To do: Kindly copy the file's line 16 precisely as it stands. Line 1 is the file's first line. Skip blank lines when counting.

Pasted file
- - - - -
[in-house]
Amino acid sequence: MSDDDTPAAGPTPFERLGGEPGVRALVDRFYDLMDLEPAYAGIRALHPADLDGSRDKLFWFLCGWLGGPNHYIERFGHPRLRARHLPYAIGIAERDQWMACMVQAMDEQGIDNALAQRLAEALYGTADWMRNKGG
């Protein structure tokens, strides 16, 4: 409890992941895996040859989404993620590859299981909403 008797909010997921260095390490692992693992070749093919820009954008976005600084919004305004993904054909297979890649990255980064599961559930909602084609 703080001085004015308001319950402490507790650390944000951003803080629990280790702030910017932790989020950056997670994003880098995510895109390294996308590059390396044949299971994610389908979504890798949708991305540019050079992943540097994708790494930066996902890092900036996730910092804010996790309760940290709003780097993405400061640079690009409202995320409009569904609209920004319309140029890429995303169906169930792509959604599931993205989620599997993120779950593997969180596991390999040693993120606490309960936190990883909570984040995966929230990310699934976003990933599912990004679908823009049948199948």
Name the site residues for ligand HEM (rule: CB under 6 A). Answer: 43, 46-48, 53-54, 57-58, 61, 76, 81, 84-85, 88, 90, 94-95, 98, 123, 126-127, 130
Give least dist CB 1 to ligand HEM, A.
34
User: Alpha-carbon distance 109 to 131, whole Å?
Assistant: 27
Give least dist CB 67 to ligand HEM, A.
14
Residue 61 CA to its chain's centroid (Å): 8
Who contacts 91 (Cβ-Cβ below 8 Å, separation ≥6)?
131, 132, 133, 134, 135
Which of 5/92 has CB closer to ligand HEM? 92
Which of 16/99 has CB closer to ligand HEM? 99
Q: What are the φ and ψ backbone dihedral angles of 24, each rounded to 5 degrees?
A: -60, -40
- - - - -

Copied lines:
Q: What are the φ and ψ backbone dihedral angles of 24, each rounded to 5 degrees?